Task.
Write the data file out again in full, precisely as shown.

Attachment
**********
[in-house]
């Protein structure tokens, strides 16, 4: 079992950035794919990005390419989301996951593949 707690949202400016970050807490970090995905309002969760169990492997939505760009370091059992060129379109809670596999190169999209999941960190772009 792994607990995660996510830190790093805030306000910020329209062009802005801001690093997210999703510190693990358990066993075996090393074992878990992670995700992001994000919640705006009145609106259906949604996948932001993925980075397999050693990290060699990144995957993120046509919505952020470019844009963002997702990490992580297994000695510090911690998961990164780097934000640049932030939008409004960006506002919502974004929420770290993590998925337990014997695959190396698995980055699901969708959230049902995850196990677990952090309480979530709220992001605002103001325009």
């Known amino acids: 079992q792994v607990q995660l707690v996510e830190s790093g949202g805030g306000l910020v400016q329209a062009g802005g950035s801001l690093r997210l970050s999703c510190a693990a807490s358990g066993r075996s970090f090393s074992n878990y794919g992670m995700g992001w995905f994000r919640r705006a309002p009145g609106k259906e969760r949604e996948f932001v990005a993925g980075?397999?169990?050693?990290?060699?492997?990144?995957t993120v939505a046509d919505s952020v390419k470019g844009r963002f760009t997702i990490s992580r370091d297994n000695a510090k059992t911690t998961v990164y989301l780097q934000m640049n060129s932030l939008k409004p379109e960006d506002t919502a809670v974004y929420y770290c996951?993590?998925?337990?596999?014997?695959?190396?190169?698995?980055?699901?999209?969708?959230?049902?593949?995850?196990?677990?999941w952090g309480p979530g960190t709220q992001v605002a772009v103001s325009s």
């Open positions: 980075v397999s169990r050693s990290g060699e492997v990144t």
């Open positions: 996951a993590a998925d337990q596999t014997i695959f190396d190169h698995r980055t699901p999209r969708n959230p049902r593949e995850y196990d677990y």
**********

[in-house]
């Protein structure tokens, strides 16, 4: 079992950035794919990005390419989301996951593949 707690949202400016970050807490970090995905309002969760169990492997939505760009370091059992060129379109809670596999190169999209999941960190772009 792994607990995660996510830190790093805030306000910020329209062009802005801001690093997210999703510190693990358990066993075996090393074992878990992670995700992001994000919640705006009145609106259906949604996948932001993925980075397999050693990290060699990144995957993120046509919505952020470019844009963002997702990490992580297994000695510090911690998961990164780097934000640049932030939008409004960006506002919502974004929420770290993590998925337990014997695959190396698995980055699901969708959230049902995850196990677990952090309480979530709220992001605002103001325009």
């Known amino acids: 079992q792994v607990q995660l707690v996510e830190s790093g949202g805030g306000l910020v400016q329209a062009g802005g950035s801001l690093r997210l970050s999703c510190a693990a807490s358990g066993r075996s970090f090393s074992n878990y794919g992670m995700g992001w995905f994000r919640r705006a309002p009145g609106k259906e969760r949604e996948f932001v990005a993925g980075?397999?169990?050693?990290?060699?492997?990144?995957t993120v939505a046509d919505s952020v390419k470019g844009r963002f760009t997702i990490s992580r370091d297994n000695a510090k059992t911690t998961v990164y989301l780097q934000m640049n060129s932030l939008k409004p379109e960006d506002t919502a809670v974004y929420y770290c996951?993590?998925?337990?596999?014997?695959?190396?190169?698995?980055?699901?999209?969708?959230?049902?593949?995850?196990?677990?999941w952090g309480p979530g960190t709220q992001v605002a772009v103001s325009s």
């Open positions: 980075v397999s169990r050693s990290g060699e492997v990144t």
């Open positions: 996951a993590a998925d337990q596999t014997i695959f190396d190169h698995r980055t699901p999209r969708n959230p049902r593949e995850y196990d677990y």